Needless to say, I tanked HARD. It was borderline embarrassing. The director was like "...NEVER walk into an audition without the sides the rest of your career." Duly noted.
As I walk out of the audition, discouraged and pissed at myself, I head to Penn Station to get the subway back up to where the car is parked on 110th street. I get to the entrance to the 1-2-3 trains and swipe my Metro Card...."insufficient funds". I was exactly 25-cents shy.At this point I am just spent. I had only booked a few smaller gigs so far in my career and I hadn't booked a gig in a couple of months. The one movie I was cast as the lead character, Bar Chronicles with Todd Bridges, was in a holding pattern on filming. In addition, I was pissed that there is seemingly an insurmountable amount of learning to be done and I was feeling like I didn't know if I was making the right decisions.
Too proud to ask anyone for a quarter (I did look around on the ground, not gonna lie), I walked back up the stairs onto the corner of 34th and 8th and walked to my car. It was about 10-degrees, snow everywhere, hungry and broke. I walked 76 blocks (15 blocks to the mile) to my car. It took about an hour and a half. When I got to my car, I ate a can of tuna mixed with a can of corn and washed it down with some Evan Williams.
I could see the line in front of me that night. That line where the average person would quit and give up. I could see where someone would justify throwing in the towel right then. I could see where someone would walk away and justify it.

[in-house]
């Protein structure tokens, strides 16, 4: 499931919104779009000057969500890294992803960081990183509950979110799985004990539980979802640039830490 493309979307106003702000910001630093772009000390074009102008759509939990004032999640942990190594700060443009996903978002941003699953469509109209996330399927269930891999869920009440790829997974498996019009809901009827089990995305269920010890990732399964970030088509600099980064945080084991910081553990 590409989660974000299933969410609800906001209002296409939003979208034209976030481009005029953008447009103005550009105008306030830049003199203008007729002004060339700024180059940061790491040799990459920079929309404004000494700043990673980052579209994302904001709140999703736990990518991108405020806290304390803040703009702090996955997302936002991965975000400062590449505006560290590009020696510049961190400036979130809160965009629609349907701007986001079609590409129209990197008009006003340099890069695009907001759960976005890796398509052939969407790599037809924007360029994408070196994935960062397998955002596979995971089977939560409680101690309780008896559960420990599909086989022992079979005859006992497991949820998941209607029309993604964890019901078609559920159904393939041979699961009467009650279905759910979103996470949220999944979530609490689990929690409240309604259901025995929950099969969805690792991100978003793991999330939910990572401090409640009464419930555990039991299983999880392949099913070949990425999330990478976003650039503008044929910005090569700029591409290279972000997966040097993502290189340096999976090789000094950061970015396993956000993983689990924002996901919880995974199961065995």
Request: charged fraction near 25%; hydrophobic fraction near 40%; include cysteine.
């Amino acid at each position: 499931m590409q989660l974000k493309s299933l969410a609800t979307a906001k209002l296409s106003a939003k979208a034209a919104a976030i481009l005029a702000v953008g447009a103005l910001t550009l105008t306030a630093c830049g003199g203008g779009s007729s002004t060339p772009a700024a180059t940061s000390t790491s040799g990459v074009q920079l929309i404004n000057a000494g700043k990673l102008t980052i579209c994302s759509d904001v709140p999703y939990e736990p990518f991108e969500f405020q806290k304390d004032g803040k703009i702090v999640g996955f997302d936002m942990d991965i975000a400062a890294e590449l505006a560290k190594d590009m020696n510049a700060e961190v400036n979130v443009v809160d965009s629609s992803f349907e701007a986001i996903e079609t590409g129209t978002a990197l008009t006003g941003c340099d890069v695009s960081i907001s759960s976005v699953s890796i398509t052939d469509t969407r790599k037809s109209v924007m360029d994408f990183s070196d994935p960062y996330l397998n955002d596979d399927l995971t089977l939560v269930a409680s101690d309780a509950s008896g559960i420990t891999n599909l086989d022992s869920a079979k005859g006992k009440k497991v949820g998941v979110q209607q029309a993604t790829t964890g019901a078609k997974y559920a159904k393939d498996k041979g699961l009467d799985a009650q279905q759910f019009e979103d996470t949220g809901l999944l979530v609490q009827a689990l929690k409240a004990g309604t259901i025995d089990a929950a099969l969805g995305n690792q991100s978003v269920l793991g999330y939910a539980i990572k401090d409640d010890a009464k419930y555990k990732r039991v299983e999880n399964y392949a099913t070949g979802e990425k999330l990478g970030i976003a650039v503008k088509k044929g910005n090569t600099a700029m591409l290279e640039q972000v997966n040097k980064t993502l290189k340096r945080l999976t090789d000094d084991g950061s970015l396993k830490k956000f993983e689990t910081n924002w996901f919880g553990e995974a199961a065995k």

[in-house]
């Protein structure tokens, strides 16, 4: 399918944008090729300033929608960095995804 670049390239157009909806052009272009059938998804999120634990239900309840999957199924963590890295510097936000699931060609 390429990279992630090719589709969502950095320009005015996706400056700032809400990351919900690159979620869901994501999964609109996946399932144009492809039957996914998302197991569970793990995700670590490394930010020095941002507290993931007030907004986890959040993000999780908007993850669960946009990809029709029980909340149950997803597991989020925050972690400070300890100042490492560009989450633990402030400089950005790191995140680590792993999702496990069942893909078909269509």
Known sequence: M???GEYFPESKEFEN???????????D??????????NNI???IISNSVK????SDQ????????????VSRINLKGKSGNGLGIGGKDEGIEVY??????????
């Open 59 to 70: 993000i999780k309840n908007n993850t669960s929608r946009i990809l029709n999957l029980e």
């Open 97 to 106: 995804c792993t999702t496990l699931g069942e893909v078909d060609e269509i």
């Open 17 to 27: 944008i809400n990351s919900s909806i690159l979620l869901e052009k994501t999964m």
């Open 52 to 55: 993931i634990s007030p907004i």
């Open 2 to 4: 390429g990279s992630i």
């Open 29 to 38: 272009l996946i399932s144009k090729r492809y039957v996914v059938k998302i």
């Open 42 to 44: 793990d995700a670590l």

That night was a gut check. I told myself, literally, that I am not the average person. I reminded myself that I am the toughest person that I know and that I am not afraid of anything. I reminded myself who the fuck I am and that I am not afraid to fail and that losing is the BIGGEST part of winning.
I finished my drink, got into my sleeping bag, and recommitted myself.
The next morning, I received a call that I was cast in another lead role in a commercial to be the spokesman for Delta Dental. Four separate 15-second commercials that run on TV in NYC, NJ and Connecticut. A month later, I was called by Dan Slottje to play the role of the main character in the upcoming film Family Business (out in 2016). That month started the current streak of 24 straight months where I have booked a lead or supporting role for paid gigs (I don't work for free and I do not do background work).
We all get to that point. You have to be selfish. You have to be proud and you have to be relentless. You have to sometimes beat your chest and stick your chin out and be proud of who you are. This is not just about acting. It is about life. Know what you deserve. Know that you can handle anything that comes your way.
What are you gonna do when you are faced with this kind of adversity? Cry yourself to sleep every night? Fuck no, man. You are gonna double your efforts and cut your path.
Do. Be. Live.